I believed that I was a believer when I was an unbeliever. What I thought I knew about God and about Christ (doctrines that I had been taught as a passive listener); I didn’t really know.
So how do you ever discover that you don’t believe, when you think that you do? And how do you ever realize that you don’t know, when authority figures have taught you that you do know?
For me it was the voice of God that convinced me that I was not a Christian. It happened this way. One Sunday, when I was about 16 or 17, I was sitting in church trying to pay attention to a boring sermon when a thought entered my mind: “If you were born a Hindu, what would you be today?”
The question made me curious. I thought carefully: “What would I be if I had grown up in a Hindu family, regularly taken by Hindu parents to a Hindu temple and taught by a Hindu priest that Hinduism was the truth and that the Gita was God’s holy book?” And I realized that, under those conditions, I would have been a Hindu.”
Suddenly, another question came to my mind: “Then why do you think you are a Christian?” That’s when the truth hit me like a ton of bowling balls: My only reason for being a Christian was because of my upbringing — had I been born to and/or raised by parents of another religion (or in a nation that enforced another religion) I would have been that religion even though upbringing and/or geography do not make a religion true.
That’s when I knew that I didn’t know what I thought I knew. The rest of that day I went through my religious beliefs one by one to see if I had a legitimate reason to believe any of them. Based on that day’s thinking and analysis, I rejected Jesus, the Bible, and Christianity.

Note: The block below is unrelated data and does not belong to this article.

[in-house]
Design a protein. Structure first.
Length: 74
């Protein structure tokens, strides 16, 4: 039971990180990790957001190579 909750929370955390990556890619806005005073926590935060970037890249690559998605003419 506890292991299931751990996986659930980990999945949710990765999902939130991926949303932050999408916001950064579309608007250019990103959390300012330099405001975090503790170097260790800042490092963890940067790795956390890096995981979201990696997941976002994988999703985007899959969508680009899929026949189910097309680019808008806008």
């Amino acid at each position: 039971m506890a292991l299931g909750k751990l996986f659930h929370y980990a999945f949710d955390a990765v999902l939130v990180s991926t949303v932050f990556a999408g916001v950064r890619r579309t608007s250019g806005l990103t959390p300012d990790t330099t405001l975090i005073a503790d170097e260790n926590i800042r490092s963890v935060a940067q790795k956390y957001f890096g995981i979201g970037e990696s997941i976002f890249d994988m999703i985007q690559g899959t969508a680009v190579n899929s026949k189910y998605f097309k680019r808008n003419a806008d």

However, when I got to examining the idea of existence, I couldn’t conceive how it would be possible for something as complex and interrelated as earth’s ecosystem to have come into existence all by itself. Therefore, although I rejected the religious view of a God, I couldn’t reject the idea that there was some sort of supernatural force or intelligence behind the Universe. (I was now an agnostic.)
I ended my day by addressing that whatever that put together all the glorious beauty that we see in nature: “Whatever or whoever you are, please show me the truth.”
Two or three years later, I walked into an energetic and informal gathering of people at The University of Tennessee Martin and encountered the living, resurrected Jesus Christ. From that moment until this one (almost 42 years later) Jesus has been more real to me than the air I breathe. I believe in Christ, not because of my upbringing, but because of His real Presence and daily activity in my life.
Four years ago, my wife and I were invited by The Salvation Army in Nashville to start a non-traditional church. We wanted a place where people could come in and encounter the living Presence of Jesus Christ, so we set it up on the model of a support group where people show and tell what God has done.
Come and encounter Jesus with us: Sundays @ 10:45 am. & Thursdays @ 6:30 pm. — 225 Berry Street, Nashville, 37207.